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overheard ...

"College kids toss everything that won't fit into the Honda for the drive back to mom and dad's house."
-- geekprincess, "getting EVERYTHING for nothing" 

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other recent LOUNGE articles:
o the Incredibly True Confessions of a First-time Homeowner
o crafty crafty: Make a Throw Pillow Cover

o On Weeding: School Stuff

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10 tips for Furniture Foraging  
a secondhand-shop-a-holic spills her secrets
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continued from page 3

8 Suggested furniture-thrifting toolkit: plenty of strong rope, bungy cords, a thick blanket or two, screwdriver/swiss army knife, a strong friend.
If youíre looking for furniture, youíll want to make sure you can actually cart your sofa (table, entertainment unit, whatever) away once you find it. One of the downsides of buying large items secondhand is that delivery is just not an option. If youíve got a truck, youíre set. For those of us who arenít blessed with gas-guzzling behemoths for vehicles, however, youíll need the ropes and bungy cords for securing your purchases to the roof, or keeping your back trunk Ė which inevitably will be just an inch too short or deep to fully accommodate your acquisition Ė from popping open when you drive. Blankets make fine furniture pads; use them to prevent both your furniture and your car from getting all scratched up.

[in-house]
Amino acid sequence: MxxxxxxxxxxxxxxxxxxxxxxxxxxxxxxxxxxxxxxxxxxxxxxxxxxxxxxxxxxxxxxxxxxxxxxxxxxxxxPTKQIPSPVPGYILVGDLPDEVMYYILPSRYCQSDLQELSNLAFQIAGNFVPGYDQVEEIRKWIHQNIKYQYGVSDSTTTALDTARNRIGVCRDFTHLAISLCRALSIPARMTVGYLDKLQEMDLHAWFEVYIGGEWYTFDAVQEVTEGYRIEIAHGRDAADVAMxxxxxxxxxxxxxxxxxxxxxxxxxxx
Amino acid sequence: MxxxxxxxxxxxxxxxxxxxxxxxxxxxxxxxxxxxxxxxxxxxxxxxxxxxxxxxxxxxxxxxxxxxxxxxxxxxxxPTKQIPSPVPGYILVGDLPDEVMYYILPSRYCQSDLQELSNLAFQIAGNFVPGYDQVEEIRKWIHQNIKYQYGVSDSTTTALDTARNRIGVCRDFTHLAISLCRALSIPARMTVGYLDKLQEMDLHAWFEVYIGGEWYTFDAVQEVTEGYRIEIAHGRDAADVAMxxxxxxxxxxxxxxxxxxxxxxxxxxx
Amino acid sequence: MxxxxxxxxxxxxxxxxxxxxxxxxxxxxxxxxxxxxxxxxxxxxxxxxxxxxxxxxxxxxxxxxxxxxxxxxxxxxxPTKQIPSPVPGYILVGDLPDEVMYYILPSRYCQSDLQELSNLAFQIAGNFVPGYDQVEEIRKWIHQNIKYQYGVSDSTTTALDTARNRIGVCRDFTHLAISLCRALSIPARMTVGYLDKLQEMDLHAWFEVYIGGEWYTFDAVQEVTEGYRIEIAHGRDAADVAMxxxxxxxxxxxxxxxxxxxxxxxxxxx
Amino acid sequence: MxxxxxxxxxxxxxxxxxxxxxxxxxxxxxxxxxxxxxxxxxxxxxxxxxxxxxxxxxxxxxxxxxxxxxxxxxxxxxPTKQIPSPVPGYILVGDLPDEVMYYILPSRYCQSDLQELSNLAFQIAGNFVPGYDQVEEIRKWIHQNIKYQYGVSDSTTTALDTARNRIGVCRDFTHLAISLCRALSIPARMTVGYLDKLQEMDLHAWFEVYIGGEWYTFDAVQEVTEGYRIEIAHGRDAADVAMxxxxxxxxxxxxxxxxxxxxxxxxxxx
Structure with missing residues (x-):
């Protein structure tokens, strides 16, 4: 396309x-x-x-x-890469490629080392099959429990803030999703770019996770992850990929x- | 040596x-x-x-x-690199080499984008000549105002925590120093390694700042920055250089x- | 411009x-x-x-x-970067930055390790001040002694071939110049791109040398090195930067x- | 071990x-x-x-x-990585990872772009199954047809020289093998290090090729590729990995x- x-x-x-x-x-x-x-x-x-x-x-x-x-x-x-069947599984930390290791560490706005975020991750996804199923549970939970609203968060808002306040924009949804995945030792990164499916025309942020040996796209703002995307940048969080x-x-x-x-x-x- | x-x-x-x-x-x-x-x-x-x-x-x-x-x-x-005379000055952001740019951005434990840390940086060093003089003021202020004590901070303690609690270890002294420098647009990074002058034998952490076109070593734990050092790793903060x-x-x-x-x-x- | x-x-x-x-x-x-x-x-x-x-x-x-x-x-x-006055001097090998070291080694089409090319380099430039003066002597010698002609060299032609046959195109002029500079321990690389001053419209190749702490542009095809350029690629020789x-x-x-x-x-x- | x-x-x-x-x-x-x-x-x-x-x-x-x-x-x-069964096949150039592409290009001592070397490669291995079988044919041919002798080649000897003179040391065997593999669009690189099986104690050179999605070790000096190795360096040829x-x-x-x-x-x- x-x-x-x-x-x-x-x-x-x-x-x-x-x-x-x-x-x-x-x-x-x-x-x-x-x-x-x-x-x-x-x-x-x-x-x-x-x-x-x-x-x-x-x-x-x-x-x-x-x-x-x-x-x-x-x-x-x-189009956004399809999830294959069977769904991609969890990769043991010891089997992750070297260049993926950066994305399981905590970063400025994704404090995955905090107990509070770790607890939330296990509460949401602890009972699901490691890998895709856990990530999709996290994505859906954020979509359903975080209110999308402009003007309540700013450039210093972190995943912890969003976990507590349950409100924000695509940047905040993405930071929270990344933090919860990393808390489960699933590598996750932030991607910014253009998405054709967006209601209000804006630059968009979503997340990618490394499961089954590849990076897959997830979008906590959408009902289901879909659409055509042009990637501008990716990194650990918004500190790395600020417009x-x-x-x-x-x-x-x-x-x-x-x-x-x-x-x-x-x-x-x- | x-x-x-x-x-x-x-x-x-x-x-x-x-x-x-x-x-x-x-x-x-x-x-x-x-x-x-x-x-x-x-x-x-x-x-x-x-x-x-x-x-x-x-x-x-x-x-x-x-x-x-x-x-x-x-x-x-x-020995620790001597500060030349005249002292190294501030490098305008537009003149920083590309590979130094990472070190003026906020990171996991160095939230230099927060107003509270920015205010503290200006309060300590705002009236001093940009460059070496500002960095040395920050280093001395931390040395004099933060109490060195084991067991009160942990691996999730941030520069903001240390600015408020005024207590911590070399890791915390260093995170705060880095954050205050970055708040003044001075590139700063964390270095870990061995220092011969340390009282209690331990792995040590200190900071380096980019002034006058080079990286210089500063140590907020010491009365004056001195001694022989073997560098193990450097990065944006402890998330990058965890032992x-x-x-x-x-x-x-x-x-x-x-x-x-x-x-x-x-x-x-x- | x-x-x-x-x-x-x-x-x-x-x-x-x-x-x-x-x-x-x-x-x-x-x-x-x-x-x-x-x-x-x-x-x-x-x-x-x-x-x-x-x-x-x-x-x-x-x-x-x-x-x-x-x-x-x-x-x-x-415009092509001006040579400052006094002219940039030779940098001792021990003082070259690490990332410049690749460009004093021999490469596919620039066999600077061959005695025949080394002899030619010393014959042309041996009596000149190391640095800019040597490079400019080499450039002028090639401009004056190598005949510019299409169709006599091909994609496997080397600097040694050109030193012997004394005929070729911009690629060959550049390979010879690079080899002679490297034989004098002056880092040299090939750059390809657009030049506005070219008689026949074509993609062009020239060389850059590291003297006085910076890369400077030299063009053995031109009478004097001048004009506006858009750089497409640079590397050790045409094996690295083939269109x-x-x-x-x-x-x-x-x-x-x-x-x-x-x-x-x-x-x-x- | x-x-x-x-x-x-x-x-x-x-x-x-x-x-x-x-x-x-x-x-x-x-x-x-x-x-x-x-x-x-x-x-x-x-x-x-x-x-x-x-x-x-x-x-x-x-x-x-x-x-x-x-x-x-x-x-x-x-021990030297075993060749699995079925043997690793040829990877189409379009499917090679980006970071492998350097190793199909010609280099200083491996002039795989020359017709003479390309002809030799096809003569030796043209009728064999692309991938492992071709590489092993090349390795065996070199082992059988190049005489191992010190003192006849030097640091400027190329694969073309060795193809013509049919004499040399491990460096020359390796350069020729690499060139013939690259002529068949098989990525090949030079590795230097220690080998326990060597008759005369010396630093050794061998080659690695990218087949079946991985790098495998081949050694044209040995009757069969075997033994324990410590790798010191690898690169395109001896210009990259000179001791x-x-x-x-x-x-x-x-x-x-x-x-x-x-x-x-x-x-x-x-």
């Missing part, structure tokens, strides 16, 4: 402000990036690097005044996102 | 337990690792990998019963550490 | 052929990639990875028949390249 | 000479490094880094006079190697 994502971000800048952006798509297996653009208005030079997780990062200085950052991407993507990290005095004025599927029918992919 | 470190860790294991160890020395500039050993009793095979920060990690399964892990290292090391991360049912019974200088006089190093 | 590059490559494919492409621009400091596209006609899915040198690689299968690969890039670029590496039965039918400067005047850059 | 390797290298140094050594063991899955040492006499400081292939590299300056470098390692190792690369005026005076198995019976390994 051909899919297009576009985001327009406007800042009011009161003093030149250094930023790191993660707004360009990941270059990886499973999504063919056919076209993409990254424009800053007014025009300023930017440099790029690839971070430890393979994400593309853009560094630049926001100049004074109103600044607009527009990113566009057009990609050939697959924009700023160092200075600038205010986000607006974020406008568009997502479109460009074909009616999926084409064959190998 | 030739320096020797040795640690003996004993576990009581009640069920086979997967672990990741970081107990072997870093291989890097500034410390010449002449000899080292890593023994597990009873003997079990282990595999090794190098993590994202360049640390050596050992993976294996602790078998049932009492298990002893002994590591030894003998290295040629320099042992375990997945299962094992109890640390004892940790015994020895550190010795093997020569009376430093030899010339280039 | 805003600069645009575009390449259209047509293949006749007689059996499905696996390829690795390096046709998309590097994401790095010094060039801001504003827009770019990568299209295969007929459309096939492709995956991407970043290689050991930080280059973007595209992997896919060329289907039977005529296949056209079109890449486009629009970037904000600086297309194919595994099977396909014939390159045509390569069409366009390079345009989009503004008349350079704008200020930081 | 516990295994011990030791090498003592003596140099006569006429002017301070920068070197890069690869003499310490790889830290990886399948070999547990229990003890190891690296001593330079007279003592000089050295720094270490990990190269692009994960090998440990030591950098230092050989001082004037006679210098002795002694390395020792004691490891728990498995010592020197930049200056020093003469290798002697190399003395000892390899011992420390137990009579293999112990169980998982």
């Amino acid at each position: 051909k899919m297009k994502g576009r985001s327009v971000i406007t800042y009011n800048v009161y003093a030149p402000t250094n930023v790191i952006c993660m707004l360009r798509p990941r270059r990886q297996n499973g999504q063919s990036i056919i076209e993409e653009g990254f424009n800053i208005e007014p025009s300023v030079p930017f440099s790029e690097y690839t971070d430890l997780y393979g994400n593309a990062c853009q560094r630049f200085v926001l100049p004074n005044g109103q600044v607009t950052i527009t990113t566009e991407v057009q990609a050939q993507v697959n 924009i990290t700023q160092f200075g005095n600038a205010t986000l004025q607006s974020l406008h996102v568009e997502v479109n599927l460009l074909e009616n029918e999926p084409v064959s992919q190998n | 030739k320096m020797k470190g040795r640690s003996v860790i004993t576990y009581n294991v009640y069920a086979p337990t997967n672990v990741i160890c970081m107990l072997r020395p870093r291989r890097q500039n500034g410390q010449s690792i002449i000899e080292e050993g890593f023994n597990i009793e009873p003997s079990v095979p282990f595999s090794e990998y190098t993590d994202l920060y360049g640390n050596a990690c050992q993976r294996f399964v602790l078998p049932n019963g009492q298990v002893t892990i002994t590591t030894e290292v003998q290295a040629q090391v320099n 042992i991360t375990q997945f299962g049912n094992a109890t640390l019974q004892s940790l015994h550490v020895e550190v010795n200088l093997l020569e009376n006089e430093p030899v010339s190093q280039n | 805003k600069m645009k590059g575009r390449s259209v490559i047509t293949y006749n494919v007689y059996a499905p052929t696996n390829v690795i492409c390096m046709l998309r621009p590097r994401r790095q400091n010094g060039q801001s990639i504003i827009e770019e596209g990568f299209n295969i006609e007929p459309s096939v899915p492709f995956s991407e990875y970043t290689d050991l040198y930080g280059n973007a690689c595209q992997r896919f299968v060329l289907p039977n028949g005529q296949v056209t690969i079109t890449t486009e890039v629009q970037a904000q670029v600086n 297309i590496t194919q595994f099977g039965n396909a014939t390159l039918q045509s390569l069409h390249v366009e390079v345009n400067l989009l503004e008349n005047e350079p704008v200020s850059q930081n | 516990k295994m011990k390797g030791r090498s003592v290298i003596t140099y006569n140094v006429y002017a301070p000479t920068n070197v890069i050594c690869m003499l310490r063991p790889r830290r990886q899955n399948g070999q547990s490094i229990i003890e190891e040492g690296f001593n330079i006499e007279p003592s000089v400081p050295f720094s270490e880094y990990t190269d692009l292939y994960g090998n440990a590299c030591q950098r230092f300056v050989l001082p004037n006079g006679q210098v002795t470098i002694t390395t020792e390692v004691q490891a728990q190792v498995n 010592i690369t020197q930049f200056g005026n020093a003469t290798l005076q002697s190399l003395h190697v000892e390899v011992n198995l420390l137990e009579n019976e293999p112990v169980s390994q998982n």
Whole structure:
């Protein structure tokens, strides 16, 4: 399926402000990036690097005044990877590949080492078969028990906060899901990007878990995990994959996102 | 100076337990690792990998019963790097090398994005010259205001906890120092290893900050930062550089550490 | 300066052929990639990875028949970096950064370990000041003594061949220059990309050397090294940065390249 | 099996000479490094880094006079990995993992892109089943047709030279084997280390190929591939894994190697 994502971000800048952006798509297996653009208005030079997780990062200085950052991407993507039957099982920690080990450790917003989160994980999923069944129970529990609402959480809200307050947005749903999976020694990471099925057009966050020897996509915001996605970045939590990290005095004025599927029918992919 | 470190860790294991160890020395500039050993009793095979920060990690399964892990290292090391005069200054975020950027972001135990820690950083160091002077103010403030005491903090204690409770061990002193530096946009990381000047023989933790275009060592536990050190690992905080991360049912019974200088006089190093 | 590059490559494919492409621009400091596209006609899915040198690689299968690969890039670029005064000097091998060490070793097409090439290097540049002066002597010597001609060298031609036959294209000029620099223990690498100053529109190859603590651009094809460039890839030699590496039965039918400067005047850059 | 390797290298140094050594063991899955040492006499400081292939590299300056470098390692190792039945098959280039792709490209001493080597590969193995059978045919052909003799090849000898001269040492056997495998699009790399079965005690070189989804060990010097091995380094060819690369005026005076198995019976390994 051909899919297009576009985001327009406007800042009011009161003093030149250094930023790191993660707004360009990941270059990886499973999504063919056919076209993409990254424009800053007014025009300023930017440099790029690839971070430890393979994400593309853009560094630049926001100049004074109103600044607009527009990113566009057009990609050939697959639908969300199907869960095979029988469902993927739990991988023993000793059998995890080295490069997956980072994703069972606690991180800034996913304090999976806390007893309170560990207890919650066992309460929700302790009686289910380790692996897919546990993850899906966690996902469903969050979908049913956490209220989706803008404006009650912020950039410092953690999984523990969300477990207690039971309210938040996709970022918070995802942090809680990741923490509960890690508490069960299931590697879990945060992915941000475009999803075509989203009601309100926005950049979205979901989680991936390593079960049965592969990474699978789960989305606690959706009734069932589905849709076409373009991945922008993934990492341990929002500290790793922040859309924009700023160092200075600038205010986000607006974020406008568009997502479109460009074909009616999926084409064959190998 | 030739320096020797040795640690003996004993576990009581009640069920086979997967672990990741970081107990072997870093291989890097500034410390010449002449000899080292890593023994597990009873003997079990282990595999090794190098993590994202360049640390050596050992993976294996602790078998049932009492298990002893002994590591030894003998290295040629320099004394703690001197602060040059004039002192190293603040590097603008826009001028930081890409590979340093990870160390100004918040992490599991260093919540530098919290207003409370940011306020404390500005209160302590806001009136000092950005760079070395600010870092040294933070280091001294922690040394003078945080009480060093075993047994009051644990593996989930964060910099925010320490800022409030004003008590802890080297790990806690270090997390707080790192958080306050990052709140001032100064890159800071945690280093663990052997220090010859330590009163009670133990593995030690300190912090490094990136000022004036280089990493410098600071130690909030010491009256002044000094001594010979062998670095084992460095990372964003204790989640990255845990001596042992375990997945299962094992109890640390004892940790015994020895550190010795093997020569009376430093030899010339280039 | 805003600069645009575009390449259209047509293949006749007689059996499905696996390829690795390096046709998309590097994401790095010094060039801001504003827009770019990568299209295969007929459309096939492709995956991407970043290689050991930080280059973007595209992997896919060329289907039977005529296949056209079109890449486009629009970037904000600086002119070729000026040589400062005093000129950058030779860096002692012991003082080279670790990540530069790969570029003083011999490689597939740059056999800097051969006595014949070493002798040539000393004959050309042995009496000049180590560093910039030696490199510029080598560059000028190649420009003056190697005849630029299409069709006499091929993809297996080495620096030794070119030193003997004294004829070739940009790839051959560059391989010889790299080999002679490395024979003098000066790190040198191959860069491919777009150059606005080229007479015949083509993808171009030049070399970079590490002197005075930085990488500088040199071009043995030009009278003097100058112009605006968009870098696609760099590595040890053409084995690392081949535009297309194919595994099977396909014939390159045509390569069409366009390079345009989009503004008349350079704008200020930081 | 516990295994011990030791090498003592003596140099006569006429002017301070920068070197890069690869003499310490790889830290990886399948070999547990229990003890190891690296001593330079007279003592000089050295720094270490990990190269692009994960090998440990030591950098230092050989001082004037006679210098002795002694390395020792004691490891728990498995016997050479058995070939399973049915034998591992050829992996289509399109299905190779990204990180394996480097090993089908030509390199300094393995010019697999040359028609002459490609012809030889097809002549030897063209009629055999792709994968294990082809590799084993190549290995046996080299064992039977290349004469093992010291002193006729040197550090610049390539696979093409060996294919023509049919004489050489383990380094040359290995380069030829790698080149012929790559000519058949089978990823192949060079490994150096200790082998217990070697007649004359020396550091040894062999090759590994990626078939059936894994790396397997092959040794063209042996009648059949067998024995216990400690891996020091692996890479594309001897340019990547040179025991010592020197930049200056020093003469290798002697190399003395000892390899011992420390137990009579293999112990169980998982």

9 Go with your gut instincts.
If youíre a hem-mer and haw-er who vacillates for 3 hours over the dilemma of whether to buy or to keep looking, then second-hand shopping is probably not for you. By the time youíve weighed all the pros and cons, some more-decisive shopper is almost certain to have scampered off with your find. If you love it, and itís at all within your price-range, be bold: fork over the dough and donít think twice about it.

10 Get rid of the old old to make room for the new old.
Because once you start doing the secondhand thing youíll find it almost impossible to stop Ė itís just so exciting when you find something terrific for next-to-nothing Ė youíll soon find yourself buying things even when you donít really need them. The only way to prevent your house from becoming a teeming mass of junk is to conquer those pack-rat tendencies and learn to weed. Donate the ugly, the broken, the useless to Goodwill. Or perpetuate the secondhand cycle by having a garage sale of your own.


check out these related articles: 
the furniture facelift fiasco 
on weeding: school stuff 
minor makeover miracles


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